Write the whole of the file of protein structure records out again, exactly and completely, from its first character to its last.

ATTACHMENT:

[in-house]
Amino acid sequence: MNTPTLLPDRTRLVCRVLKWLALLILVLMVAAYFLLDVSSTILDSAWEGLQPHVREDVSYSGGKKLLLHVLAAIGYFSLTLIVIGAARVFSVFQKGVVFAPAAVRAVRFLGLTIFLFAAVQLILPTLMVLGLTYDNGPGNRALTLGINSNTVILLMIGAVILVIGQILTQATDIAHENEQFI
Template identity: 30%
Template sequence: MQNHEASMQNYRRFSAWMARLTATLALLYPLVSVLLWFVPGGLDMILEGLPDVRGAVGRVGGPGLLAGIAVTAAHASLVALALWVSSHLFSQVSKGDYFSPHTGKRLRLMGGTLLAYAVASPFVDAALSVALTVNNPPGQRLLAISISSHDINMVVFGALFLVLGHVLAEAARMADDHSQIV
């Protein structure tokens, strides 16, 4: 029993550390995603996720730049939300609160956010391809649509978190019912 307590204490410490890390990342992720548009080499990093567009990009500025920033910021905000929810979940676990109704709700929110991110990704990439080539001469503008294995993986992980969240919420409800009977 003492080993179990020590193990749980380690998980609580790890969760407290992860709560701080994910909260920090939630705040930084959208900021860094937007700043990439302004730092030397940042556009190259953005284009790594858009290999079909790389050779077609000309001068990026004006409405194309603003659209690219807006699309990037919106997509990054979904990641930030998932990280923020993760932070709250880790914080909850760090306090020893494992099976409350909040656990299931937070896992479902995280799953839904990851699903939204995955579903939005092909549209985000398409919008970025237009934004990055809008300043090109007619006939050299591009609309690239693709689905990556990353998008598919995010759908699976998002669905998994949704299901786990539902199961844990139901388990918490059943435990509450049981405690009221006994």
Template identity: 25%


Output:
[in-house]
Amino acid sequence: MNTPTLLPDRTRLVCRVLKWLALLILVLMVAAYFLLDVSSTILDSAWEGLQPHVREDVSYSGGKKLLLHVLAAIGYFSLTLIVIGAARVFSVFQKGVVFAPAAVRAVRFLGLTIFLFAAVQLILPTLMVLGLTYDNGPGNRALTLGINSNTVILLMIGAVILVIGQILTQATDIAHENEQFI
Template identity: 30%
Template sequence: MQNHEASMQNYRRFSAWMARLTATLALLYPLVSVLLWFVPGGLDMILEGLPDVRGAVGRVGGPGLLAGIAVTAAHASLVALALWVSSHLFSQVSKGDYFSPHTGKRLRLMGGTLLAYAVASPFVDAALSVALTVNNPPGQRLLAISISSHDINMVVFGALFLVLGHVLAEAARMADDHSQIV
């Protein structure tokens, strides 16, 4: 029993550390995603996720730049939300609160956010391809649509978190019912 307590204490410490890390990342992720548009080499990093567009990009500025920033910021905000929810979940676990109704709700929110991110990704990439080539001469503008294995993986992980969240919420409800009977 003492080993179990020590193990749980380690998980609580790890969760407290992860709560701080994910909260920090939630705040930084959208900021860094937007700043990439302004730092030397940042556009190259953005284009790594858009290999079909790389050779077609000309001068990026004006409405194309603003659209690219807006699309990037919106997509990054979904990641930030998932990280923020993760932070709250880790914080909850760090306090020893494992099976409350909040656990299931937070896992479902995280799953839904990851699903939204995955579903939005092909549209985000398409919008970025237009934004990055809008300043090109007619006939050299591009609309690239693709689905990556990353998008598919995010759908699976998002669905998994949704299901786990539902199961844990139901388990918490059943435990509450049981405690009221006994």
Template identity: 25%